DEAR TIM: I attended a Christmas party at a home that had wainscoting. It was gorgeous. The beadboard wainscoting was painted a different color that the wall above to accent it. What can you tell me about installing wainscoting? I like raised-panel wainscoting, but would settle for the beadboard wainscoting if I had to. Can you tell me the important things to know about how to install wainscoting? Stephanie D., Minneapolis, MN
DEAR STEPHANIE: You're not the first to be smitten with wainscoting, and you'll surely not be the last. My wife and I have raised-panel wainscoting in our existing home, and it will be installed in the new home we're planning. This traditional wall finish can add character to just about any architectural style. The beadboard wainscoting you saw can produce both a country look as well as a clean, modern look with its vertical lines.
I remember years ago when my sister had her home built. She wanted beadboard wainscoting. I was just getting into construction at the time, and she wanted the real beadboard, not the imposter material that comes in large sheets. I remember installing the horizontal blocking in the walls so there was solid wood to secure the thin vertical strips of tongue and groove beadboard. It wasn't hard to install the blocking, but it's a good idea to do if you want real beadboard.
If you want to install beadboard wainscoting in an existing house where it's too late to install blocking, you can easily get the wood to stick to the walls by adding a dab of construction adhesive to a couple of spots on each board before its nailed at an angle through the tongue
Over the years I've discovered all sorts of tips about installing wainscoting. Perhaps the biggest time saver is pre-finishing the material before it's installed. This, in my opinion, should be done wether you decide to paint or stain the wood. It's of the utmost importance to make sure you completely coat the entire tongue portion of the wood. The wood can shrink after it's installed. If this happens, it will reveal a vertical thin strip of wood that's unfinished. This can be really problematic if it happens at each joint where the grooved edge of a board overlaps the tongue of the adjacent piece.
It's also easier to paint or stain the wainscoting while it's flat on a workbench or on top of a piece of plywood suspended between two saw horses. You just need to set the finished material inside a covered area away from dirt and dust as it dries.
There are challenges when installing wainscoting in existing homes with respect to electrical outlet boxes. You need to make sure you're code compliant with respect to the distance between the edge of the electrical box and the finished surface of the wainscoting. You may have to install approved extensions to comply with the code. This is not a problem in new construction, as the electrician can mount the boxes so they match up with the surface of the wainscoting.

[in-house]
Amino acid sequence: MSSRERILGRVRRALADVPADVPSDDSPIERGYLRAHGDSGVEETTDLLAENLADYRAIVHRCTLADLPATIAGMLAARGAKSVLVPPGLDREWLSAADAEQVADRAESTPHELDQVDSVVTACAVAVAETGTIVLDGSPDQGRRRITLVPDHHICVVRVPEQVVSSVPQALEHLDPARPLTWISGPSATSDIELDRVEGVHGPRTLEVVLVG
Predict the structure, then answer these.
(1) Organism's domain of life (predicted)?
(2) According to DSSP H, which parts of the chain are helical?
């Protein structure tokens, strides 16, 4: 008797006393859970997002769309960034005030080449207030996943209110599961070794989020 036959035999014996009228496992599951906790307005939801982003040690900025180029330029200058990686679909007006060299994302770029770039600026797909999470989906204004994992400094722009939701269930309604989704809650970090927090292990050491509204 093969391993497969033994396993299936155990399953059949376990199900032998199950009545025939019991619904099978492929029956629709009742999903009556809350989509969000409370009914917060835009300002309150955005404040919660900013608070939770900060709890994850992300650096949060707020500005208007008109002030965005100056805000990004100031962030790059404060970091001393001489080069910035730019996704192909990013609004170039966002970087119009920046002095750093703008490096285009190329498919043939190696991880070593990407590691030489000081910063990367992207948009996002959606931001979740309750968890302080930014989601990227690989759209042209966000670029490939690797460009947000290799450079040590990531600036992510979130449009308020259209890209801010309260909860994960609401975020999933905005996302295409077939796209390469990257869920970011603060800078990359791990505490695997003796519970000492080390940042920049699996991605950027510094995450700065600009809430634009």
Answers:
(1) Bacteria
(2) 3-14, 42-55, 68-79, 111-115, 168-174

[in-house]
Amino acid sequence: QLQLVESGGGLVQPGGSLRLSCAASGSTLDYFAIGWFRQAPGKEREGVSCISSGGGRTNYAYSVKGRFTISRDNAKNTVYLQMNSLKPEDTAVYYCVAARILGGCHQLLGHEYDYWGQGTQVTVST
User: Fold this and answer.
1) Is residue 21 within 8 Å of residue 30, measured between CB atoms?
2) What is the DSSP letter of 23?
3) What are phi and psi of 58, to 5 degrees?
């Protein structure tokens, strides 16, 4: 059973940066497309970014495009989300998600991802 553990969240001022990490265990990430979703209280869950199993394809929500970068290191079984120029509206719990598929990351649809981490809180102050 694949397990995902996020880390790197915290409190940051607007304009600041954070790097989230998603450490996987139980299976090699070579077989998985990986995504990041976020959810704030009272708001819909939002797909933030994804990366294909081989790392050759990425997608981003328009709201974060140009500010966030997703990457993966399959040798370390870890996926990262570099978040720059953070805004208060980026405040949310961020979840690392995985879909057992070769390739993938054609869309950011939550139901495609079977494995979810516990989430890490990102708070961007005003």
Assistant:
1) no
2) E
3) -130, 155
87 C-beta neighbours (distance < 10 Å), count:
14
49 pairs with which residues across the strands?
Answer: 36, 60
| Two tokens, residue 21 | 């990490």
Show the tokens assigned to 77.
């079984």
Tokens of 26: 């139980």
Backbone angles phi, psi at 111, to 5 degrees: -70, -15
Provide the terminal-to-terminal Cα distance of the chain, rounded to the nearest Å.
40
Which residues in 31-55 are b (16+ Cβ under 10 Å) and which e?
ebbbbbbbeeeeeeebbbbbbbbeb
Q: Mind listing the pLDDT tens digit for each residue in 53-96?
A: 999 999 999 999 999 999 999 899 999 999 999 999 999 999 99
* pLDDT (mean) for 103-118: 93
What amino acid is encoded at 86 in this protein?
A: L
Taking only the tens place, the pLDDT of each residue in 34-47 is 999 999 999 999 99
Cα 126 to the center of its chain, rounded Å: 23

As you discover how to install wainscoting, one thing you'll quickly see is that you need to be aware of the thickness of the wainscoting and how it plays with the trim around doors and windows that may sit close enough to the floor such that the wainscoting rises up above the window sill. These places where the wainscoting collides with other trim must be dealt with using great skills and often some master-carpentry magic.
You'll sometimes discover that it's best to install the wainscoting before any baseboard trim. To get a really great look at windows and doors in the room, you may have to install extension-jamb filler strips to bring the window and door trim so it sits on top of the wainscoting. I didn't have to do this at my home as my door-casing trim is a full 3/4-inch thick. My wainscoting was only 3/8-inch thick so the door trim still was proud above the surface of the raised-panel wainscoting.
If you decide to install raised-panel wainscoting, it pays to pre-finish the raised panels and all other parts before you assemble them. Some movement may occur with the raised panels that can reveal the unfinished wood.
Raised-panel wainscoting is also harder to work with respect to electrical outlets on the wall. You need to be sure the electrical boxes fall within the flat area of a raised panel. You can't have the outlet boxes where there is a vertical stile or the beveled edge of a raised panel. As you might imagine, this requires lots of planning ahead of time to determine the center of each raised panel.
Some raised-panel wainscoting comes with its own baseboard as part of the system. I used this at my own home with great results. I also used this same wainscoting to provide the facing for my basement wet bar. The bar is done in cherry veneer, while the wainscoting in my dining room is painted a rich gold color.